Design Makes Life Magical

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Photo by Kunihiro Fukumori

Kaikado Café, Kyoto

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Photo by Kunihiro Fukumori

Kaikado Café, Kyoto

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Photo by Kunihiro Fukumori

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Photo by Kunihiro Fukumori

Kaikado Café, Kyoto

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Japan Handmade with Thomas Lykke as third person from the right

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Transparent collage

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HOSOO fabric, Harlequin

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Starry indigo

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HOSOO factory workshop, Kyoto

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Starry green

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HOSOO factory

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HOSOO factory

Published
09.12.2016

Danish OEO Studio has been involved in changing the lives of craftsmen and businesses across the globe – from a single guy producing crafted woodwork in Japan to large worldwide companies. But the philosophy is the same: Holistic design thinking makes the difference.

When was the last time you made a difference? Or truly felt that you gave something back to someone or something? Here at DANISH™ our meeting with OEO Studio has given us cause to reflect upon our reason for being, as this is what they strongly believe in, something that is mirrored in the variety of their projects:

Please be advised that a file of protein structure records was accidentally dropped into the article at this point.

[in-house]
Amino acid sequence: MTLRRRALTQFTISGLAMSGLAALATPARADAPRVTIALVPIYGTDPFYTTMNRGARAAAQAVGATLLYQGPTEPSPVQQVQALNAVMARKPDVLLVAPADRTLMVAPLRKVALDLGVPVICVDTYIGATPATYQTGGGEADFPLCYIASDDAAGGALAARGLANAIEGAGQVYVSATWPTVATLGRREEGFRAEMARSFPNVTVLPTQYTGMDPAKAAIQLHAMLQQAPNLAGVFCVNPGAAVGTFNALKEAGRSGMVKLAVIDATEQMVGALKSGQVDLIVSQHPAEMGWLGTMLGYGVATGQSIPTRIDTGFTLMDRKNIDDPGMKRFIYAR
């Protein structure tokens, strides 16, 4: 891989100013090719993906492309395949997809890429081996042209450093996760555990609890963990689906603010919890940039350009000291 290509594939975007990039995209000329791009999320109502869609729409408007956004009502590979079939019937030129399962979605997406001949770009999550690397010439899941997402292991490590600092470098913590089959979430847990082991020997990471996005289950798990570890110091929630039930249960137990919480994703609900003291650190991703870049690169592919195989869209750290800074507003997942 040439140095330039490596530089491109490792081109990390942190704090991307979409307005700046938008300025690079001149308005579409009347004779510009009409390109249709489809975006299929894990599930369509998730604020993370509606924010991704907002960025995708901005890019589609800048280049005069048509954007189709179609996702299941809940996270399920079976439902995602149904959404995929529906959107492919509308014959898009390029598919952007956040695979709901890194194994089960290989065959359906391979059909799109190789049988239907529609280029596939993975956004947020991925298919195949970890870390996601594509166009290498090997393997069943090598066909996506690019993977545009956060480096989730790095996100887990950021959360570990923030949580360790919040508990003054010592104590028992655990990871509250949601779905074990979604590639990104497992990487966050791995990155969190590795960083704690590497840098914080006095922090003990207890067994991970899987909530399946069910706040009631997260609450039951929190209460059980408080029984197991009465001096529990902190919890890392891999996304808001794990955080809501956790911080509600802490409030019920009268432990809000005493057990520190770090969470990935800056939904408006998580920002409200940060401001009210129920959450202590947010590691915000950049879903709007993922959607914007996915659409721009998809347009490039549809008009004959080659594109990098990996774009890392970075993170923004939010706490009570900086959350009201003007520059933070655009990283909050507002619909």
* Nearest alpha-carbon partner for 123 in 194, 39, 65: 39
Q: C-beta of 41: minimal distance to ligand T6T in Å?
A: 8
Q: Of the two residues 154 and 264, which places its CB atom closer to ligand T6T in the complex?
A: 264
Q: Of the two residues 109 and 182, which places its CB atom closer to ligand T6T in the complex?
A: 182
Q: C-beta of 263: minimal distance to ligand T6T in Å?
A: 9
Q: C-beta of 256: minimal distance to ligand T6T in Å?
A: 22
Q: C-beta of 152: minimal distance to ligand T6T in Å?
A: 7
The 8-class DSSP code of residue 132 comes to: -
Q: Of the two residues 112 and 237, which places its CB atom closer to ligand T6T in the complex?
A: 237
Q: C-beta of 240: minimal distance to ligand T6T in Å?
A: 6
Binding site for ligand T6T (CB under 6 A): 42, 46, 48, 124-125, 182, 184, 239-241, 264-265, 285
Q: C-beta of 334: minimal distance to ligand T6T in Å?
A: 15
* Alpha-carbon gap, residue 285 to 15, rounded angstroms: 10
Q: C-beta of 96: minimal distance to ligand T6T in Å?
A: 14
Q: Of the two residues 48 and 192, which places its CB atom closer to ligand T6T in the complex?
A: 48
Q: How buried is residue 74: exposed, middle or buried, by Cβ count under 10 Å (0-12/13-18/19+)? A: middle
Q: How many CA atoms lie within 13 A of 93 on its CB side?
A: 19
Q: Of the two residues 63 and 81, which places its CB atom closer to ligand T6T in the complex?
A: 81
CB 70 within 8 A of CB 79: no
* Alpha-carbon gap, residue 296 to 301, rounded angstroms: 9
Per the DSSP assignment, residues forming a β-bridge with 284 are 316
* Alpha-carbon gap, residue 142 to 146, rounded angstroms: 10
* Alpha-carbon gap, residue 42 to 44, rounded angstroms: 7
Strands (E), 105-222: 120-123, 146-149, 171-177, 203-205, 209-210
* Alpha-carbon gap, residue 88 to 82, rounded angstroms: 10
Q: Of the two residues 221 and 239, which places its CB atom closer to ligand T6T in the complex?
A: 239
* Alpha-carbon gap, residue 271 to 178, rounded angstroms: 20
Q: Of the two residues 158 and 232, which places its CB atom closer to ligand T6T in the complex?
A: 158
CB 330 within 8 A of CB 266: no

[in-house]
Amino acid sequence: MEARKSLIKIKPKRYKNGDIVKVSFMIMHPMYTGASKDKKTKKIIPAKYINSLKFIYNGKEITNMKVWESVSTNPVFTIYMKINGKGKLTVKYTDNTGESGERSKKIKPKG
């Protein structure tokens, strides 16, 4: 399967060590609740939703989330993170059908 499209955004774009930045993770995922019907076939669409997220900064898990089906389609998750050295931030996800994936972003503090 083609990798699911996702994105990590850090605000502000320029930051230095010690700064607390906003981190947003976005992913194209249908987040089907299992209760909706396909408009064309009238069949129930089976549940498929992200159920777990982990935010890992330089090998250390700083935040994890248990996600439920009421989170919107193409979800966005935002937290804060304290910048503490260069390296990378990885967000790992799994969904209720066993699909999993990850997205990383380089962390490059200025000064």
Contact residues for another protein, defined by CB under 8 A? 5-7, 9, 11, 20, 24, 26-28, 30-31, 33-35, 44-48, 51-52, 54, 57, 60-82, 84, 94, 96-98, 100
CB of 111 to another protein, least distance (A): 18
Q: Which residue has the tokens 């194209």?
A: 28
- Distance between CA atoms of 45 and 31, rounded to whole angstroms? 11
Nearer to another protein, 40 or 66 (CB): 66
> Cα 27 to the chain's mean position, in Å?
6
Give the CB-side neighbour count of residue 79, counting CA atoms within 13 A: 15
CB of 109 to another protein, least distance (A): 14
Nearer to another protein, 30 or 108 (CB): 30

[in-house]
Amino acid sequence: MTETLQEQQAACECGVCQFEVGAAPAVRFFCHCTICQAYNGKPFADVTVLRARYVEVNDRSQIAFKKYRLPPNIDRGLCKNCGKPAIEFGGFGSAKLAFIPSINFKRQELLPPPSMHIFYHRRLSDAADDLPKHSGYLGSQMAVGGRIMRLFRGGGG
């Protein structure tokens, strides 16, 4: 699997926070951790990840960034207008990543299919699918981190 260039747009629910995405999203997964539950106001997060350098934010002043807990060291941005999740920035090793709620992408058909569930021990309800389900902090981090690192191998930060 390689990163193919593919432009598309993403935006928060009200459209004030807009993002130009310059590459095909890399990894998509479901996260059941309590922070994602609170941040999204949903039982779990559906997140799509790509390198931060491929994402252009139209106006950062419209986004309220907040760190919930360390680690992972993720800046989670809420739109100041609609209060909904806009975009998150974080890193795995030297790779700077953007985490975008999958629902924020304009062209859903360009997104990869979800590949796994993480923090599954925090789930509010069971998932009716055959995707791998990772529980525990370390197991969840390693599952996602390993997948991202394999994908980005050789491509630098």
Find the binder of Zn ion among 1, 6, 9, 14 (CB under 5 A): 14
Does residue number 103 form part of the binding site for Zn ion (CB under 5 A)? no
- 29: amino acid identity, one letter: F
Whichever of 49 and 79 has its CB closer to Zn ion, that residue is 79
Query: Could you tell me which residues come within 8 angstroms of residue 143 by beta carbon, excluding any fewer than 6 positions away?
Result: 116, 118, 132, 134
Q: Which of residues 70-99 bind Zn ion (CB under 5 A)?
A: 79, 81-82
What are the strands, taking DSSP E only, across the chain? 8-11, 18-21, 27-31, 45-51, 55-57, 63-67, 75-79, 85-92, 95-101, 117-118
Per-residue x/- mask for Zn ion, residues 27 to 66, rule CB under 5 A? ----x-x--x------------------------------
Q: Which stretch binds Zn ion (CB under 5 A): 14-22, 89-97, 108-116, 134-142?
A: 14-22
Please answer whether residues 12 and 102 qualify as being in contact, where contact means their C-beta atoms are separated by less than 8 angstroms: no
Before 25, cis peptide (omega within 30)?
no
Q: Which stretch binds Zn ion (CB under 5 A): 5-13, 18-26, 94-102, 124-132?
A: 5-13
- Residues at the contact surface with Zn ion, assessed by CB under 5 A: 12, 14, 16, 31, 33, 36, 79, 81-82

“No matter what kind of project or client we are involved in, the starting point is always that it has to make sense. It has to mean something to people, customers as well as manufacturers and, more importantly: It has to give something back.” These words come from designer and creative director of OEO Studio, Thomas Lykke.

For years he has been inspired by the culture, the craftsmanship and the ethics of Japan, and a great part of the business of OEO Studio is based on this fascination:

“ROI (Return on investment, ed.) is not only financial. In Japanese culture, you also give back to the earth, to society, to your family, friends and so on. This is important to us, because this is where it all starts to make sense. We have to look at what we do and how we work in an holistic way, so when we start prying into businesses we have to make sure that several stakeholders gain from the process”, Thomas Lykke adds. He is supported by CEO of the company, Anne-Marie Buemann:

“If someone contacts us, asking us to design a new café for them or a teapot, our response will most often be: Why this, in particular? Not because we don´t want to design the café, but it is important for us to understand and work with the strategic challenge. Very often this question is followed up by a bunch of new questions that result in a whole different solution”, she smiles.

To be able to stand alone

In their kitchen of OEO Studio under the roof of an old warehouse building in Copenhagen they agree that they are known for asking a lot of questions in order to realise a solution that has the greatest business impact for the customer.